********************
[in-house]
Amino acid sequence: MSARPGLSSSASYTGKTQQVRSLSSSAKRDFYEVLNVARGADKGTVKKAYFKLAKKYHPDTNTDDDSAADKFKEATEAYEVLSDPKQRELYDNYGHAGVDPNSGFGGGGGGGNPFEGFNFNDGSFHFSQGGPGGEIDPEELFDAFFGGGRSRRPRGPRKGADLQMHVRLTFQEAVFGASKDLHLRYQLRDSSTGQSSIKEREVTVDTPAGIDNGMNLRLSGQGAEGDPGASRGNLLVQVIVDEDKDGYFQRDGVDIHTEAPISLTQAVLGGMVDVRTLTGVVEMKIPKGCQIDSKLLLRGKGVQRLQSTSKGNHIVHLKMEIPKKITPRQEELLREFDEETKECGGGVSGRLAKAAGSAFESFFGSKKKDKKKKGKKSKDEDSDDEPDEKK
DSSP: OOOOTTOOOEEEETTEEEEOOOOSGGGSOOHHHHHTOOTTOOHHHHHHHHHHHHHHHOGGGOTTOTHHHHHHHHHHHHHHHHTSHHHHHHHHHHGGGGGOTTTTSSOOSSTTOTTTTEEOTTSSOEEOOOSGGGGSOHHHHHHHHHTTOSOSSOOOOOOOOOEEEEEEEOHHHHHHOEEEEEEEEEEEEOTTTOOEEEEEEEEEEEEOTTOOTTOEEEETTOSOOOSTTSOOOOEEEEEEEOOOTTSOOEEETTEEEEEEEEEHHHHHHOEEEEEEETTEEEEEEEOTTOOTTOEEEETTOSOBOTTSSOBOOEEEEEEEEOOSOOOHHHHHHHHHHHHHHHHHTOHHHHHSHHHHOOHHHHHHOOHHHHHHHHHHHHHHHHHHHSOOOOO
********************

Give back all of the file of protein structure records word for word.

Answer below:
[in-house]
Amino acid sequence: MSARPGLSSSASYTGKTQQVRSLSSSAKRDFYEVLNVARGADKGTVKKAYFKLAKKYHPDTNTDDDSAADKFKEATEAYEVLSDPKQRELYDNYGHAGVDPNSGFGGGGGGGNPFEGFNFNDGSFHFSQGGPGGEIDPEELFDAFFGGGRSRRPRGPRKGADLQMHVRLTFQEAVFGASKDLHLRYQLRDSSTGQSSIKEREVTVDTPAGIDNGMNLRLSGQGAEGDPGASRGNLLVQVIVDEDKDGYFQRDGVDIHTEAPISLTQAVLGGMVDVRTLTGVVEMKIPKGCQIDSKLLLRGKGVQRLQSTSKGNHIVHLKMEIPKKITPRQEELLREFDEETKECGGGVSGRLAKAAGSAFESFFGSKKKDKKKKGKKSKDEDSDDEPDEKK
DSSP: OOOOTTOOOEEEETTEEEEOOOOSGGGSOOHHHHHTOOTTOOHHHHHHHHHHHHHHHOGGGOTTOTHHHHHHHHHHHHHHHHTSHHHHHHHHHHGGGGGOTTTTSSOOSSTTOTTTTEEOTTSSOEEOOOSGGGGSOHHHHHHHHHTTOSOSSOOOOOOOOOEEEEEEEOHHHHHHOEEEEEEEEEEEEOTTTOOEEEEEEEEEEEEOTTOOTTOEEEETTOSOOOSTTSOOOOEEEEEEEOOOTTSOOEEETTEEEEEEEEEHHHHHHOEEEEEEETTEEEEEEEOTTOOTTOEEEETTOSOBOTTSSOBOOEEEEEEEEOOSOOOHHHHHHHHHHHHHHHHHTOHHHHHSHHHHOOHHHHHHOOHHHHHHHHHHHHHHHHHHHSOOOOO